Meals that made America great - Caesar Salad
How food from around the world found a welcome home in the US - as featured in America The Cookbook
Despite its renowned enthusiasm for food consumption, it's an easy and traditional habit to regard America as the less-impressive cousin of the global culinary family. However, the stories of America's dishes as told in our title America The Cookbook reflect two of the finest aspects of its character – immigration and improvisation. The Caesar salad is a case in point.
The dish is attributed to Caesar Cardini, an Italian immigrant and restaurateur who was living in Tijuana, just south of the US border, to evade the impact of the Prohibition era. According to his daughter, Cardini created the dish with ingredients he had left following a rush on the Fourth of July celebrations of 1924. Initially popular in Mexico, it soon crossed over to Southern California and acquired an all-American cachet.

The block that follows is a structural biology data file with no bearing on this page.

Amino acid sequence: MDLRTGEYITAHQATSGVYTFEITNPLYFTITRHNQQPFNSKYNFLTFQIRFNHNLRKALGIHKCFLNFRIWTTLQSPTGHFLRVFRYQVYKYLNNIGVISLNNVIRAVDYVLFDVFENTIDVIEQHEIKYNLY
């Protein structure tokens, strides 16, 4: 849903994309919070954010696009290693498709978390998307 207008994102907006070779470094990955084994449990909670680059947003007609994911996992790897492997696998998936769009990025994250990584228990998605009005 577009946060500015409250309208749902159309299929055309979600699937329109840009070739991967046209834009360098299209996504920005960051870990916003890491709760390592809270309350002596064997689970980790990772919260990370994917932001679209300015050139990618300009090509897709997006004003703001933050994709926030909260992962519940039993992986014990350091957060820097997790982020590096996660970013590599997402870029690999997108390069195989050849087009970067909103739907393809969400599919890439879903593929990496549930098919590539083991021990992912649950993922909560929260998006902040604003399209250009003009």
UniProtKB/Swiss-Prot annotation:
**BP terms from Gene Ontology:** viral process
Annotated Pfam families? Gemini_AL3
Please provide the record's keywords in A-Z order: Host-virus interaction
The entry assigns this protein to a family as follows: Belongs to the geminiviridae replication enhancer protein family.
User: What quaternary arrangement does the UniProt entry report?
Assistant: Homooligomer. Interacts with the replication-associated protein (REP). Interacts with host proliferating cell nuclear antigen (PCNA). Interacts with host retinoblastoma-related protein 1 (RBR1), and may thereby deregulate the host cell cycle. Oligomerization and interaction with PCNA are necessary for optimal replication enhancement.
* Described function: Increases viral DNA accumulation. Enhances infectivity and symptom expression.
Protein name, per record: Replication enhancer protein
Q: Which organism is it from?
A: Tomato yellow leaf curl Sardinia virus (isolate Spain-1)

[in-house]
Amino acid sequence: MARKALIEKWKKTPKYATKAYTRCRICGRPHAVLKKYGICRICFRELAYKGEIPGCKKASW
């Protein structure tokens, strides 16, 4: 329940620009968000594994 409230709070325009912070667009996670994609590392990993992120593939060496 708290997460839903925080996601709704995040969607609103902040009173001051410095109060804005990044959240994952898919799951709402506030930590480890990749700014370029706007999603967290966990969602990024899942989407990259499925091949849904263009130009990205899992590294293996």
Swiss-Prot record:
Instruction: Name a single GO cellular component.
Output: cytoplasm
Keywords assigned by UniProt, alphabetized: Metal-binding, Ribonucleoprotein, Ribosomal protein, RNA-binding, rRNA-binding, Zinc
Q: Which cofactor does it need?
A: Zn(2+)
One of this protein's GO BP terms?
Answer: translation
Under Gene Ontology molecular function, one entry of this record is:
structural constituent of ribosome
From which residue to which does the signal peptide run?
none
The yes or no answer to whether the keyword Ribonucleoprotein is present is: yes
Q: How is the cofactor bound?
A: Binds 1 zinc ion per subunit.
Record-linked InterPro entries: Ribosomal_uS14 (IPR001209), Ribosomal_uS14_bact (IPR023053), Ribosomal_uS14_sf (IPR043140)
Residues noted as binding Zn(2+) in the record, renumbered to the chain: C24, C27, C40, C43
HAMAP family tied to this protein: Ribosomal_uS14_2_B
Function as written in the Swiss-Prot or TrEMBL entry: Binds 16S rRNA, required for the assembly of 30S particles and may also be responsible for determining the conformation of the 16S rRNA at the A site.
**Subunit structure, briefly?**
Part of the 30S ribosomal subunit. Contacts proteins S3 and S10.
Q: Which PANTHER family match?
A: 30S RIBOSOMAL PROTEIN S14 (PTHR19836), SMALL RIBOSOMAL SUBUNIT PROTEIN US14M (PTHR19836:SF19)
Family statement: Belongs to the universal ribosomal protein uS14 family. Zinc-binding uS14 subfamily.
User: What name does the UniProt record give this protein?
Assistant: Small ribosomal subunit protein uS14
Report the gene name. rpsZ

The recipe for the salad here includes the standard romaine lettuce and croutons dressed with parmesan cheese, lemon juice, olive oil, egg, Worcestershire sauce, garlic black pepper – but also anchovies, an element introduced some time in the 1940s in New York, as noted approvingly by the newspaper journalist Dorothy Kilgallen following a visit to Gilmore's Steak House.
To get the recipe, and for more on American food - both homegrown and imported - get America The Cookbook here.